Territory Stories

The Northern Territory news Sat 10 Sep 2011



The Northern Territory news Sat 10 Sep 2011

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NT news


The Northern Territory news; NewspaperNT




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Community newspapers -- Northern Territory -- Darwin; Australian newspapers -- Northern Territory -- Darwin

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Nationwide News Pty. Limited

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Copyright. Made available by the publisher under licence.

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Nationwide News Pty. Limited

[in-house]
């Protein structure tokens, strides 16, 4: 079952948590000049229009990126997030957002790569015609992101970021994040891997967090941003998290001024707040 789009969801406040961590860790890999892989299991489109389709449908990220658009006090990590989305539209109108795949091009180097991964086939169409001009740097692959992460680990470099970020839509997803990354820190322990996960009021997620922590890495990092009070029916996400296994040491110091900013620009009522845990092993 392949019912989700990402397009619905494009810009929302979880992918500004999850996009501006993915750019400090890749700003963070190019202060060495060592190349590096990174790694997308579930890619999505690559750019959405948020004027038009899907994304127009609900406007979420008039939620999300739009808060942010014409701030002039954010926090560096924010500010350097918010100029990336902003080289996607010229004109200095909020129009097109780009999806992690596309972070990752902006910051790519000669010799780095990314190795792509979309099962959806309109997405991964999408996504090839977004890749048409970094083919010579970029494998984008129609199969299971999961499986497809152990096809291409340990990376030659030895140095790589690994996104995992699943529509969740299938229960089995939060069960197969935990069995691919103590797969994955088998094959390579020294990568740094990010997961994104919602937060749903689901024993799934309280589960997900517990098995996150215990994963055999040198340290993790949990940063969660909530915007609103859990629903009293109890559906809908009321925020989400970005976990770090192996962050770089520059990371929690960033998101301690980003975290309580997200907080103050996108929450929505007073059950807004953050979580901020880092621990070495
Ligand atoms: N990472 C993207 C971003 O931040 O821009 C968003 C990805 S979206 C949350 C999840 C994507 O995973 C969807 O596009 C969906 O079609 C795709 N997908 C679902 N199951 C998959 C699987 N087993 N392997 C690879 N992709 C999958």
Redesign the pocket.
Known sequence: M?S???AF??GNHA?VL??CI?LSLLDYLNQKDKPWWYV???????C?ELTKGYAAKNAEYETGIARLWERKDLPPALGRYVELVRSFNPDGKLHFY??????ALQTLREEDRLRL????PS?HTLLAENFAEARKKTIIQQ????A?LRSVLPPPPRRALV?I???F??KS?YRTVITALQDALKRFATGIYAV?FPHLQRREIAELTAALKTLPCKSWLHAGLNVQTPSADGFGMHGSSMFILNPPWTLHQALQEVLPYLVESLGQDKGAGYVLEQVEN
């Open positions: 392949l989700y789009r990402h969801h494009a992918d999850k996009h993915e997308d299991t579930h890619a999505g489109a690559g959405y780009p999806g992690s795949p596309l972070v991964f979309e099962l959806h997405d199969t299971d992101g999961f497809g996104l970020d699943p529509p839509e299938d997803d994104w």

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24 NT NEWS. Saturday, September 10, 2011. www.ntnews.com.au P U B : N T N E W S D A T E : 1 0 -S E P -2 0 1 1 P A G E : 2 4 C O L O R : C M Y K SATURDAY EXTRA l l l l l l l l l l l l l l l l l l l l l l l l l l l l l l l l l l l l l l l l l l l l l l l l l l l l l l l l l l l l l l l l l l l l l l l l l l l l l l l l l l l l l l l l l l l l l l l l l l l l l l l l l l l l l l l l l l l l l l l l l l l l l l l l l l l l l l l l l l l l l l l l l l l l l l l l l l l l l l l l l l l l l l l l l l l l l l l l l l l l l l ntnews.com.au 9/11: Onedecade of America expected a major attack, and it knew the likely proponentwould be al-Qaida, but it did not knowwhere orwhen Fromprevious page A city worker escapes the devastation of the Twin Towers United Airlines Flight 93: At Newark Airport, in New Jersey, Saeed al Ghambi, Ahmed al Nami, Ahmad al Haznawi and Ziad Jarrah checked in for United Airlines Flight 93, a 757 bound for San Francisco and due for take-off at 8.40am. One man was selected for CAPPS scrutiny, and his bags were withheld until he boarded the flight. All four took first-class seats. A Nation Breached All 19 men had made it aboard the four planes, with little resistance offered except for CAPPS. The thinking behind holding back checked baggage was to ensure that the passenger was committed to flying, and was not sending a bombloaded bag on to a flight and then removing himself from the plane at the last minute. Suicide missions were not a concern to US authorities. Hijacking up until then had not been about turning the plane, itself, into a bomb. They were planning to hijack these planes and turn them into large guided missiles, loaded with up to 11,400 gallons (43,000 litres) of jet fuel, the 9/11 Commission Report said. By 8am, on the morning on Tuesday, September 11, 2001, they had defeated all the security layers that Americas civil aviation security system then had in place to prevent a hijacking. Who were these men? America expected a major attack, and it knew the likely proponent would be alQaida, but it did not know where or when it would come. Al-Qaidas leader, Osama bin Laden, the son of a Saudi construction billionaire, had declared a jihad against America and its people and had already claimed responsibility for two embassy bombings in Africa, and an attack on the USS Cole, anchored off Yemen. Since the mid-1990s, bin Laden had been welcoming jihadists to his training camps in Afghanistan, which were run with the blessing of the Taliban, which shared his antiWestern beliefs. It is believed that bin Laden and his key offsiders Khalid Sheikh Mohammed and Mohammad Atef began talking, in early 1999, about sending men from their training camps to America to hijack planes and fly them into buildings. By late 1999, al-Qaida operatives were routinely sur veying international airports, particularly in Malaysia and Thailand, studying their security regimes. Over the next six months, the men who would pilot the planes were selected from the training camps. From June 2000 through to January 2001, Marwan al Shehhi (Flight 175), Mohamed Atta (Flight 11), and Ziad Jarrah (Flight 93) successfully completed pilot and jet-simulator training at flight schools and training centers in Florida. Hani Hanjour (Flight 77) entered the US on December 8, 2000 and took pilot and jet-simulator training in Arizona. Two other men who would become hijackers were already within the US, having attempted but failed to gain flying skills. From April 2001, the remaining 13 arrived and located themselves mainly in Florida and Washington DC. They rehearsed by taking fitness training, studying flight schedules and taking cross-country domestic flights, sometimes testing security systems by carrying small knives. Harry Chan Avenue, Darwin www.darwin.nt.gov.au Darwin City Council Brendan Dowd Chief Executive Officer Pre-Cyclone Clean Up - Northern Suburbs This Sunday, 11 September Items to be collected include old roofing, timber, white goods, waste building products and broken furniture. Items should be placed safely on the nature strip on Saturday 10 September and will be collected on Sunday 11 September 2011. No garden refuse, car bodies, commercial waste, flammable liquids, chemicals or asbestos will be collected. Seniors and residents with a disability who require assistance can arrange Council staff to assist with removing large items. Please call 8930 0623 before Friday 9 September to arrange assistance. For more information please contact 8930 0623. Marrara, Moil, Nakara, Tiwi, Wagaman, Wanguri and Wulagi. Alawa, Anula, Brinkin, Jingili, Karama, Leanyer, Lyons, Malak Bayview, Coconut Grove, Darwin City, Fannie Bay, Larrakeyah, Parap, Millner, Larrakeyah Barracks, Ludmilla, Nightcliff, RAAF Base, Rapid Creek, Stuart Park, The Gardens, The Narrows, Defence Establishment Berrimah and Woolner Please note: the Pre-Cyclone Clean Up for the Southern Suburbs will occur on Sunday, 25 September Items for this clean up should be placed safely on the nature strip on Saturday 24 September and will be collected on Sunday 25 September 2011. M G 1 0 0 5 0 3 Proudly supported by A U S T R A L IA N IN D U ST RY & DEFE N C E N E T W O R K NT